January 23, 2021

Cheney, Kansas. Change [your]LOCATION

Checking in with The Herald

Jan 13, 2021 | ,

Active Cases Back to 67;Some 1B Shots Begin Mon.

According to the Cleveland County Herald, Cleveland County Health Officer Dr. Mark Attwood said there were 67 active cases of the COVID-19 coronavirus in the county as of Tuesday evening, matching a previous high as recorded by the Herald.

In addition, Dr. Attwood reported that there were sadly another three deaths in the county attributed to the virus bringing the cumulative total to 23 since the outbreak began last March.

Overall, Dr. Attwood said the total number of cases in the county increased from 610 last Tuesday, Jan. 5, to 653 as of Tuesday, Jan. 12, an increase of 43 cases.

The 67 active cases within the county matches the previous high reported by the Herald on Dec. 8, 2020. This reflects an additional 10 active cases from the 57 that were reported by Dr. Attwood the previous Tuesday, Jan. 5. There were 46 active cases in the county as of Dec. 29.

During his weekly press briefing Tuesday, Gov. Asa Hutchinson announced that people age 70 and older as well as educational staff will be eligible to start receiving the COVID-19 vaccination beginning this Monday, Jan. 18.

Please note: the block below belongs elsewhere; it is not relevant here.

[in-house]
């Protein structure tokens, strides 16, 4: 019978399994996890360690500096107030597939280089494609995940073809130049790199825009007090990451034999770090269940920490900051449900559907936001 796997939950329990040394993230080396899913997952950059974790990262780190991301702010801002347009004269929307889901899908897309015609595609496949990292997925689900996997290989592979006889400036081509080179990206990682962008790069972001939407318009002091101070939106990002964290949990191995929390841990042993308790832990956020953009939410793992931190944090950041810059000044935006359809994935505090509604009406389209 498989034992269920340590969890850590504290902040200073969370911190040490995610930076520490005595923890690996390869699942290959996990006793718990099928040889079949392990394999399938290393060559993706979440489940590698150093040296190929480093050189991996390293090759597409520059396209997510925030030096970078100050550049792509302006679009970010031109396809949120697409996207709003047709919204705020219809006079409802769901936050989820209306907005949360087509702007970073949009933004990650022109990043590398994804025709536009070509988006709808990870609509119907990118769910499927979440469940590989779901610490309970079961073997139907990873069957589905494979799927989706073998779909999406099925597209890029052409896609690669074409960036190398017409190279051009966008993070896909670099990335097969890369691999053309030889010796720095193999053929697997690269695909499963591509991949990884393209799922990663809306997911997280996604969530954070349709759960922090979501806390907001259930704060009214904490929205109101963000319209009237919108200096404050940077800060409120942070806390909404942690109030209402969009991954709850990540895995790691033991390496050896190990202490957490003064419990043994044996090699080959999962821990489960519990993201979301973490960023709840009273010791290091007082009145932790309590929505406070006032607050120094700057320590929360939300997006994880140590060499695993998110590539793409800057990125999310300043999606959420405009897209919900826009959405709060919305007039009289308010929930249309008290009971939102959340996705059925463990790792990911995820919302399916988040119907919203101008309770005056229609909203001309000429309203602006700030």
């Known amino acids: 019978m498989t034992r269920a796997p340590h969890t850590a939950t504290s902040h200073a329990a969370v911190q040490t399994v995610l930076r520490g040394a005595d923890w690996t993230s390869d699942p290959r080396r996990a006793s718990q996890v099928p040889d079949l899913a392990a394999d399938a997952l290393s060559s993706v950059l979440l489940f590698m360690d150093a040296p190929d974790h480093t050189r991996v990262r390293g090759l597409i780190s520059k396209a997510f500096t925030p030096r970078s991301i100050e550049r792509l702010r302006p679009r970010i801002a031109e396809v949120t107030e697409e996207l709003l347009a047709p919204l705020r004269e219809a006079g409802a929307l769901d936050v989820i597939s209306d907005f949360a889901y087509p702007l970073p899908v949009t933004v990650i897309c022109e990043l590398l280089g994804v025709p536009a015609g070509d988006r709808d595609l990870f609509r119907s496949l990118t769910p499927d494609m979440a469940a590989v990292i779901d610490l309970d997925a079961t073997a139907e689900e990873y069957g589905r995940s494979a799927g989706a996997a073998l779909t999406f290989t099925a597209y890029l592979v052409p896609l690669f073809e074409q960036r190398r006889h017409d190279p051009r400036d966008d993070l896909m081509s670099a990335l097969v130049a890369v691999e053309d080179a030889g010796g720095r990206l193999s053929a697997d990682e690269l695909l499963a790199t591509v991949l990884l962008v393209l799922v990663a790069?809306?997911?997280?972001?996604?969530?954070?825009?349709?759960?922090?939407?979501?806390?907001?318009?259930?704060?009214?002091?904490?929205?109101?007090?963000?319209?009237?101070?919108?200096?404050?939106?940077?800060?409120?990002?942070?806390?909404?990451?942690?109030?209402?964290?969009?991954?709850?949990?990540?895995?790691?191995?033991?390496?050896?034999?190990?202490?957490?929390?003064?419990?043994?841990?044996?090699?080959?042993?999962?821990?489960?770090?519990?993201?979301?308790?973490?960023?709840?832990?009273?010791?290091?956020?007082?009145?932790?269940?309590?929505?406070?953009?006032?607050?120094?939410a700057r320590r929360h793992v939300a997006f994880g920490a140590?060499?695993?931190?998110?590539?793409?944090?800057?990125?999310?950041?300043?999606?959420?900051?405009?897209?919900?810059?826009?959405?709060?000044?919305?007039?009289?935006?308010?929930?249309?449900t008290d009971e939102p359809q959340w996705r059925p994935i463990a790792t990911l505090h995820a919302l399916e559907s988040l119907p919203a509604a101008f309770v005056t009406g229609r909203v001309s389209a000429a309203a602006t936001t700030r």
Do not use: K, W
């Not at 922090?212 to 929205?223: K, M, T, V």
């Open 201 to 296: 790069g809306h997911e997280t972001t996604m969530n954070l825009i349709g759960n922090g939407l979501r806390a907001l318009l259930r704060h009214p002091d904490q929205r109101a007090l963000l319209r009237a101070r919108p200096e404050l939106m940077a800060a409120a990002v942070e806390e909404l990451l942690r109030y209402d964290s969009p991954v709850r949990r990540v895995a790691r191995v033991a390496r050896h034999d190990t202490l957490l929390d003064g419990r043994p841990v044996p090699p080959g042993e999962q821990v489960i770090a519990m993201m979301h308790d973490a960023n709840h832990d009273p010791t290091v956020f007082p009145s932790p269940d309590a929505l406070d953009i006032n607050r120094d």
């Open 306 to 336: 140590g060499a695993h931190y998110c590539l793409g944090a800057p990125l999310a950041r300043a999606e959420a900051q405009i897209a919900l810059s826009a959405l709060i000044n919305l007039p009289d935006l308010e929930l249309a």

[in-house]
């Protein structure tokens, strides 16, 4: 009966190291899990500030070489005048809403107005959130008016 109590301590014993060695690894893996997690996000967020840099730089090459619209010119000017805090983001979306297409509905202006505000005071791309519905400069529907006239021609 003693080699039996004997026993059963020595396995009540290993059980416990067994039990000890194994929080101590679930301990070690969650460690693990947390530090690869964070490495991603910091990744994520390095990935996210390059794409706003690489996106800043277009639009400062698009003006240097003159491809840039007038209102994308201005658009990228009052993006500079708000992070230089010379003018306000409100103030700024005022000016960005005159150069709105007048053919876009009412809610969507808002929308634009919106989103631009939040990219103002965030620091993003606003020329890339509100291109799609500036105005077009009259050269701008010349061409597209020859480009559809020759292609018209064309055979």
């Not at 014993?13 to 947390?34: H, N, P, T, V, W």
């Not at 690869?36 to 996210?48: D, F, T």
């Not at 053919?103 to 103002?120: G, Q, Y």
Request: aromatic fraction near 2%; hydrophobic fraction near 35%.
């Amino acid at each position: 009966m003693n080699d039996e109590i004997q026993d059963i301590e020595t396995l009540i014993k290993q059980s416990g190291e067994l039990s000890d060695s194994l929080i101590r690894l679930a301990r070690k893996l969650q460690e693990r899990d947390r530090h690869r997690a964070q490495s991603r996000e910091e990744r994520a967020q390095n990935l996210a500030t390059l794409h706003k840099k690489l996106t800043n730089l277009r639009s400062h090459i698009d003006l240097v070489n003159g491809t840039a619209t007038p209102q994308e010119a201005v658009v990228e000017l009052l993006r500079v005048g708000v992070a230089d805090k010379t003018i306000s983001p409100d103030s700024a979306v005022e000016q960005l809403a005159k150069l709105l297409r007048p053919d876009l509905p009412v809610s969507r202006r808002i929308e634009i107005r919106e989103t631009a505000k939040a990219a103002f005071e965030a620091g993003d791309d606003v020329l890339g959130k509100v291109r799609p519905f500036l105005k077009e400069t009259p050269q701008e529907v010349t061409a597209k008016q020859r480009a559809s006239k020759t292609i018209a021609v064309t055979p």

Local Ambulance Response Questioned at QC Meeting

Management from Emergency Ambulance Service, Inc. (EASI), the county’s ambulance contractor, will meet with the Cleveland County Quorum Court in February to address concerns raised during last week’s quorum court meeting about lengthy response times to emergency calls in Rison.

Josh Bishop, the CEO of EASI, said Tuesday he spoke to County Judge  administrative assistant, Amber Spears, about attending the court’s February meeting to address the concerns. The quorum court voted during its regular monthly meeting last week to invite an EASI representative to a future meeting to discuss the issue.

Courtney McGhee of Rison told the quorum court last week about a recent experience he had dealing with a medical emergency on New Year’s Day.

McGhee said he was out of town on Jan. 1 when he received a phone call about a relative who was unresponsive at a residence in Rison. He said he called the dispatcher at Rison to check on the ambulance, and the dispatcher informed him that an ambulance was en route from Pine Bluff.

He said it took about 20 minutes before the ambulance arrived at the scene and the relative died.

In addition, he told the court about other emergency situations in or near Rison where it took 45 minutes to an hour for an ambulance to respond.

Also, Nadine Young of Rison said she had an issue with the ambulance responding to a wrong address. She said it took an ambulance about 45 minutes to respond to a call at her mother’s house on Hwy. 79 near Rison.

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